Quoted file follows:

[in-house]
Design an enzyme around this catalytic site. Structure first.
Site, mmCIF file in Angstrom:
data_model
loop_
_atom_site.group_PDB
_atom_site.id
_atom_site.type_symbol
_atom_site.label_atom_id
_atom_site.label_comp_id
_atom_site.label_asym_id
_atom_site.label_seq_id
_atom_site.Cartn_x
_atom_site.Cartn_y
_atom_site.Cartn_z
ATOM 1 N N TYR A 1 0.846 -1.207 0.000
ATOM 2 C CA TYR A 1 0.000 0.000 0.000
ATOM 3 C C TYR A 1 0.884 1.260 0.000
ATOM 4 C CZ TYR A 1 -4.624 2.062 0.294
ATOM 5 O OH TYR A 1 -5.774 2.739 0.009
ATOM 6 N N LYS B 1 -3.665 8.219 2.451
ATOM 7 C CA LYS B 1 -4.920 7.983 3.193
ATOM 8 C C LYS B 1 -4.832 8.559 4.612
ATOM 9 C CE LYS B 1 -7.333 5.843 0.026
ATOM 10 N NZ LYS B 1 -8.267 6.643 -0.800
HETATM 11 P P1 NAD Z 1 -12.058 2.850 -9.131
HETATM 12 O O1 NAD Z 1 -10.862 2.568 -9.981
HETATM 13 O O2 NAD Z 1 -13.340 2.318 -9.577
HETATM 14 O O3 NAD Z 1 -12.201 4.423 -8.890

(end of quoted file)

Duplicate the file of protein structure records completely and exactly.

[in-house]
Design an enzyme around this catalytic site. Structure first.
Site, mmCIF file in Angstrom:
data_model
loop_
_atom_site.group_PDB
_atom_site.id
_atom_site.type_symbol
_atom_site.label_atom_id
_atom_site.label_comp_id
_atom_site.label_asym_id
_atom_site.label_seq_id
_atom_site.Cartn_x
_atom_site.Cartn_y
_atom_site.Cartn_z
ATOM 1 N N TYR A 1 0.846 -1.207 0.000
ATOM 2 C CA TYR A 1 0.000 0.000 0.000
ATOM 3 C C TYR A 1 0.884 1.260 0.000
ATOM 4 C CZ TYR A 1 -4.624 2.062 0.294
ATOM 5 O OH TYR A 1 -5.774 2.739 0.009
ATOM 6 N N LYS B 1 -3.665 8.219 2.451
ATOM 7 C CA LYS B 1 -4.920 7.983 3.193
ATOM 8 C C LYS B 1 -4.832 8.559 4.612
ATOM 9 C CE LYS B 1 -7.333 5.843 0.026
ATOM 10 N NZ LYS B 1 -8.267 6.643 -0.800
HETATM 11 P P1 NAD Z 1 -12.058 2.850 -9.131
HETATM 12 O O1 NAD Z 1 -10.862 2.568 -9.981
HETATM 13 O O2 NAD Z 1 -13.340 2.318 -9.577
HETATM 14 O O3 NAD Z 1 -12.201 4.423 -8.890